How to Get Clients: Your Short and Long Term Strategy For Success
These strategies will help you define your goals and get more clients.
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When you’re a freelancer, the word worry takes on a whole new meaning. It comes with the territory.
Unlike the more traditional 9-to-5, there’s a different set of expectations that fall on your plate.
More specifically, all of the expectations.
Outside of the work to be done relative to services you’re selling, there’s the actual selling, invoicing, marketing to juggle as well.
Honestly, that’s part of the fun of it all. You’re challenged in an entirely new way as the sole driver of your business. Even the worry takes on a positive spin when you consider that it stems from a place of genuine passion. You care about your business, you want it to succeed — of course you’re going to embrace the stress that comes with giving it all you’ve got.
But how much of the stress you’re feeling is necessary or self-inflicted? As entrepreneurs, we have a tendency to believe we can do everything.
And just try to tell us we can’t. Just try.
It’s us against the world, which is an awesome mentality for taking the leap into freelancing but not always super beneficial for growing a profitable, even six-figure, freelance business over time.
There’s nothing wrong with asking for help. Or simply someone to talk to.
One mistake you can make as a freelancer early on is to narrow in on other freelancers as your competition. This mentality will only get in your way.
As a content marketer, I run up against a similar type of argument when businesses let their “secret sauce” ruin the quality of their content. They shy away from developing content with too much detail (i.e. value) or a unique angle for fear their competition is looking in at all times — ready to steal their secrets and customers in the process.
Here’s the thing:
Your freelancing business isn’t the only one of its kind.
You’re always going to have competition in the sense that there are other freelancers, agencies, or organizations that can do the same type of work as you. And sometimes, you’ll lose business to them — but not for the sheer reason that they exist.
More often than not, if you’re struggling to gain or retain business, it’s because of a downfall in your business processes. Maybe your pitches fail to convey value. Maybe you struggle to meet deadlines. Maybe you aren’t communicating fast enough for the client’s liking.
Whatever the case may be, before you fall into the deep dark hole of comparison, focus on yourself. There’s no time to waste on blaming all other freelancers and companies in your field when you could be spending it on perfecting the elements of your business that you can control.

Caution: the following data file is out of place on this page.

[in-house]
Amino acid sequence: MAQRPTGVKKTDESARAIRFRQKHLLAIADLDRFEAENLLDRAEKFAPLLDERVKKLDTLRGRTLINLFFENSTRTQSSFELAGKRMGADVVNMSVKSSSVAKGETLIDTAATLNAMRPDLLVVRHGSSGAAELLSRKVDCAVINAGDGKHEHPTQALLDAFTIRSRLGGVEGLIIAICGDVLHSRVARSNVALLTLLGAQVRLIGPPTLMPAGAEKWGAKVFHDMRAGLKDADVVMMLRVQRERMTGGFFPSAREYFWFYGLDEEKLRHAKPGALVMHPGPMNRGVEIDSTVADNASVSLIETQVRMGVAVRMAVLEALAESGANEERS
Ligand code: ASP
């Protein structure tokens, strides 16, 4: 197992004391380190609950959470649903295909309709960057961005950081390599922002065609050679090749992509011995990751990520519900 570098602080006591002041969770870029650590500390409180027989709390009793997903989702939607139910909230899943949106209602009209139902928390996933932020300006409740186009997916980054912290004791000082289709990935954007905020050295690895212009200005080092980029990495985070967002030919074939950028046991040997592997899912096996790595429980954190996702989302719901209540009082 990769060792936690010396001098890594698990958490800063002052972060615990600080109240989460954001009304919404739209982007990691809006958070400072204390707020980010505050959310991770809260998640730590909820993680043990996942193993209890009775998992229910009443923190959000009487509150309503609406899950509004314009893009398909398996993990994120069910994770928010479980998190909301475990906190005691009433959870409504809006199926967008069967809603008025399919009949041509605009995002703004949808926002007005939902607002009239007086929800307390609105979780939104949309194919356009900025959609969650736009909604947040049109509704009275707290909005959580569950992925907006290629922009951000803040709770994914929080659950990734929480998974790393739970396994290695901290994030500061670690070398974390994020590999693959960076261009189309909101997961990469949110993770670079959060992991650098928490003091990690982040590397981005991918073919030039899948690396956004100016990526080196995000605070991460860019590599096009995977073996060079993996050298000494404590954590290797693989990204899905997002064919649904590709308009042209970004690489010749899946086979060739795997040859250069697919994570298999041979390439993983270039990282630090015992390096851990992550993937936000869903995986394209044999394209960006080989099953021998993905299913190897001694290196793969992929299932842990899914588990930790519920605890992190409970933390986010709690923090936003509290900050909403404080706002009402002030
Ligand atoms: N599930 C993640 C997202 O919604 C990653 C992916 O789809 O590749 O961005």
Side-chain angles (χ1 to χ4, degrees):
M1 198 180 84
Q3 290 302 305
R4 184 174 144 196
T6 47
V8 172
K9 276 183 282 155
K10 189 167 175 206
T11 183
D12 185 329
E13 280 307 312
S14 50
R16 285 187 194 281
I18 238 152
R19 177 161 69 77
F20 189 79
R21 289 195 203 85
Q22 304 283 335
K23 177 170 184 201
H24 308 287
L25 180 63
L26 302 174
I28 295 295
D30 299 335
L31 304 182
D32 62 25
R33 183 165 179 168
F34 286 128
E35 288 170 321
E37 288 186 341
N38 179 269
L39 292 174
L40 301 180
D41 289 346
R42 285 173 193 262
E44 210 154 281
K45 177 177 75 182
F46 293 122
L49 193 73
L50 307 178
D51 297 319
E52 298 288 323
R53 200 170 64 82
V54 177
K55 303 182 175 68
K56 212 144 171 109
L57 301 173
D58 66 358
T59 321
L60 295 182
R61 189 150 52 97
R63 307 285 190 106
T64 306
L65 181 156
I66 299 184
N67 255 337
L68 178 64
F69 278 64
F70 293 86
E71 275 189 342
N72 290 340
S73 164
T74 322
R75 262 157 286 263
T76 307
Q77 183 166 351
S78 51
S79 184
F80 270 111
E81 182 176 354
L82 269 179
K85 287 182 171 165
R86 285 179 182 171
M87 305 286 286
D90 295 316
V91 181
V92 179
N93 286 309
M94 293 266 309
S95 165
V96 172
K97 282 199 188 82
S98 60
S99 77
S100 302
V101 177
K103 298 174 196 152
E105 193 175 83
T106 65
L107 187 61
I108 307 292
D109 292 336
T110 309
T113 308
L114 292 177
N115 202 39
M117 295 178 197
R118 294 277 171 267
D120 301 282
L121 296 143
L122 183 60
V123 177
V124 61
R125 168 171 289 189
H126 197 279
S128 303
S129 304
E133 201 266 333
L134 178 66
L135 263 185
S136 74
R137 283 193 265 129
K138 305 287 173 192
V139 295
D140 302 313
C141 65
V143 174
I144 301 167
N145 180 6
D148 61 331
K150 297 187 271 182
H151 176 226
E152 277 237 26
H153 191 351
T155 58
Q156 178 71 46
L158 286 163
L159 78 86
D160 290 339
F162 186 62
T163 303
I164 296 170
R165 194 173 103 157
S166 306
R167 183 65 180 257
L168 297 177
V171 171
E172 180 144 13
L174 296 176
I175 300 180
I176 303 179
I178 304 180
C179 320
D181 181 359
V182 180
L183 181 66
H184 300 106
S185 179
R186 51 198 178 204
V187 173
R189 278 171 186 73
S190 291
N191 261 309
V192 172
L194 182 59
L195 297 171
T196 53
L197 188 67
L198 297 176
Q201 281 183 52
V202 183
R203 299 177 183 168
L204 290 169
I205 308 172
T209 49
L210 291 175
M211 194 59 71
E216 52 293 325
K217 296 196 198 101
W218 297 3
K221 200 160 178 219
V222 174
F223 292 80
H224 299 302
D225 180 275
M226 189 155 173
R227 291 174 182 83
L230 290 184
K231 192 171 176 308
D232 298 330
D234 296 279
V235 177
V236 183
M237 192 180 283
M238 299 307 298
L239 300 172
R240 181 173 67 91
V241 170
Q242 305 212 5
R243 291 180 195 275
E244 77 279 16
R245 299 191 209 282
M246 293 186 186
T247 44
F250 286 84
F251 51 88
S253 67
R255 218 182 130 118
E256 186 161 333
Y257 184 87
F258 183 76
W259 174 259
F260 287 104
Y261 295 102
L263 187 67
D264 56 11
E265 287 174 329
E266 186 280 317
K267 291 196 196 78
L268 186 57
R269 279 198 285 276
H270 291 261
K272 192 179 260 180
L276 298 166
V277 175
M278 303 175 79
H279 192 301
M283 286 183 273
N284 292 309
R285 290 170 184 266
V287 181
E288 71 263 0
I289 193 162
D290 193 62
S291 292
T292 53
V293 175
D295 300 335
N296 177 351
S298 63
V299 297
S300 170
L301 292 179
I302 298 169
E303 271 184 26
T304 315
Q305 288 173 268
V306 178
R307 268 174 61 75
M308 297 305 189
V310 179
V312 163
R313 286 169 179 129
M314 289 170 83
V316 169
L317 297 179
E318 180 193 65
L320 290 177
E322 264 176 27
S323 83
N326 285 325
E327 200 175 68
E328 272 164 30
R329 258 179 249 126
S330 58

Especially when other freelancers can prove so valuable in your success. Your fellow freelancers are your allies, not your enemies.
If you want to learn how to get freelance work effectively and consistently, you need to build a freelance community.
Running your freelance business solo may be manageable at first but at some point, the scales are going to tip. One day you’ll wake up and suddenly, all the time-blocking, long-hour working, and productivity tips in the world won’t help you in keeping up with your to-do list.
At first, this is scary. But hey, it means you’re doing something right if you have so much work that you can’t keep on top of it single handedly.
In this scenario, other freelancers can be a lifesaver. Virtual assistants, for example, can prove a vital resource for adding time back into your day for the high-level strategy that’ll move the needle forward.
This route is also great in the sense that it eases you into employee management and the financial considerations that come with it. Pool a group of trusted freelancers together that you can delegate work to and build relationships with over time.
Other freelancers are also great to tap into for the sake of building your brand online. If you’ve built a website with the intention of using it to get clients, you’ll need a plan for getting it in front of these potential clients.
This plan may revolve around a common SEO and content marketing strategy that involves building backlinks.
When other authoritative websites link out to your website — such as those managed by other freelancers in your industry — you increase the chances of it being seen (whether through third-party content or organic Google searches).
Referrals, referrals, referrals. Take it from someone who worked in sales prior to freelancing: referrals are as good as gold in building new business.
There’s a certain level of trust that comes with word-of-mouth recommendations. And there have been plenty of times when the relationships I’ve developed with other freelancers have resulted in client pass along.
But why would another freelancer give me business?